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January 25, 2017

Donald Trump opened his campaign by attacking immigrants, saying “they’re bringing drugs. They’re bringing crime. They’re rapists.”

Trump’s belittling caveat “And some, I assume, are good people” only rubbed salt in the wounds. Immigrants and refugees, documented or undocumented, are actually less likely to commit crimes than native born U.S. citizens.

Today, Trump signed executive orders that attempt to build walls between people and restrict immigration from specific countries. These policies are harmful and divert attention from the involvement of the United States in creating the problems that pressure people to leave their homes in neighboring countries.

Trump would have us believe that Mexicans are benefitting from the North American Free Trade Agreement (NAFTA) at the expense of the U.S. while passing along social problems. In reality, this type of free trade agreement creates advantages for companies and investors while the poorest and most vulnerable people lose out on all sides.

The majority of immigrants crossing the border without documents in the last year are not Mexicans but Central Americans. Many of these immigrants are desperate to escape food insecurity and violence that have grown as a result of U.S. policy toward the region.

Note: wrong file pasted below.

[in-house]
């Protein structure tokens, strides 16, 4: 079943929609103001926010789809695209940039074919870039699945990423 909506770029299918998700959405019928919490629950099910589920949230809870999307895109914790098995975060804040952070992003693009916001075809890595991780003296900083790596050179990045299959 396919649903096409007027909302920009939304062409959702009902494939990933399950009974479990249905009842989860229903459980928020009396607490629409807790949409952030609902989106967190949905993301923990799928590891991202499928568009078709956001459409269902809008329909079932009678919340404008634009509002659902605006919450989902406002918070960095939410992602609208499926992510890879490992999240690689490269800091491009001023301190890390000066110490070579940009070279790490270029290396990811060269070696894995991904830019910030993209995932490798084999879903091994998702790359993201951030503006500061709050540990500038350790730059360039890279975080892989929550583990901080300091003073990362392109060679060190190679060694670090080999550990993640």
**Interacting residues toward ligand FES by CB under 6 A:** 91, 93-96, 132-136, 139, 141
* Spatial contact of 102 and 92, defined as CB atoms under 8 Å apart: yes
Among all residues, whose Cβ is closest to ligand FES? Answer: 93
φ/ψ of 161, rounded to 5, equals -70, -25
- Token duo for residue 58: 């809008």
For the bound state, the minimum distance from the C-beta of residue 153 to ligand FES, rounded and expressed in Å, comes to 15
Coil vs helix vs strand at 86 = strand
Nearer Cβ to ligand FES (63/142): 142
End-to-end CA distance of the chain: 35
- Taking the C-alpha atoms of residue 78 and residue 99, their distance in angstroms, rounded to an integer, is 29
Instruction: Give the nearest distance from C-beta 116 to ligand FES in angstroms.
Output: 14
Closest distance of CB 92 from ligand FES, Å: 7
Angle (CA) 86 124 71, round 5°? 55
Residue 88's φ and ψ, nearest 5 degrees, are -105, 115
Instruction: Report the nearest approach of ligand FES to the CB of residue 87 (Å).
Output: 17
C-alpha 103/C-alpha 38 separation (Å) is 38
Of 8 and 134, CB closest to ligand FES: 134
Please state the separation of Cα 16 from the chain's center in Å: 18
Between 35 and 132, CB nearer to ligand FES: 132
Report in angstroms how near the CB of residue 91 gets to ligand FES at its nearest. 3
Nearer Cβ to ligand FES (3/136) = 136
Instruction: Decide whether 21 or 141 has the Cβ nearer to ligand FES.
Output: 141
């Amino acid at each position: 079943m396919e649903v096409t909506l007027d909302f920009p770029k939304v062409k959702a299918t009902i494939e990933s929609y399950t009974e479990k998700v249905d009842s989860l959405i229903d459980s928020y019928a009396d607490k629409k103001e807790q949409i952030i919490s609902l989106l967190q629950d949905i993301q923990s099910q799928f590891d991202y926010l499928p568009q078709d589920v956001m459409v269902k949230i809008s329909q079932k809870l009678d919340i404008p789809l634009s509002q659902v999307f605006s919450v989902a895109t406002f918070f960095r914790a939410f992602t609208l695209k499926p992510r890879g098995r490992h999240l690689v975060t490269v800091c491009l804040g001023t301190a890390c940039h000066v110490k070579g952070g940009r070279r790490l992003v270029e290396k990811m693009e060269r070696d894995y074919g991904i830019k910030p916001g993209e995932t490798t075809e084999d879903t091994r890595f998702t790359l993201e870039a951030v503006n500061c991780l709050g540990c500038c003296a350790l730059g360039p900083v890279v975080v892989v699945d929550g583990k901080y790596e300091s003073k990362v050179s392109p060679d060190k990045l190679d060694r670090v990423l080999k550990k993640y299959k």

While Trump has made much of his promise to renegotiate NAFTA, he has said nothing about addressing the Central America Free Trade Agreement, and agribusiness companies are bullish about the prospects that Trump will leave it alone.

Trump has signaled that he will use U.S. power to protect big agribusiness by his appointment of grain trader Sonny Perdue as Secretary of Agriculture. The promotion of U.S. agribusiness over local farmers has contributed to Central American rural poverty in recent years, and a World Food Program study found strong links to food insecurity as a cause of migration.

To have the security to stay in their home countries or have the option to immigrate is a crucial human freedom. Immigrants have brought economic growth and creativity to the U.S., and they’ve bolstered the social security system. They have filled vital roles and created new jobs, rather than simply taking jobs.

Trump’s proposed wall – which will be partially a fence – will do nothing to solve problems in the U.S.  Instead, it will separate immigrant families and create pressure cooker conditions in Central America that will spill out one way or another, with people taking more dangerous routes to migrate.

In Central America and Mexico, it will likely lead to greater conditions of misery and violence, while increasing fear and targeting large communities here in the U.S.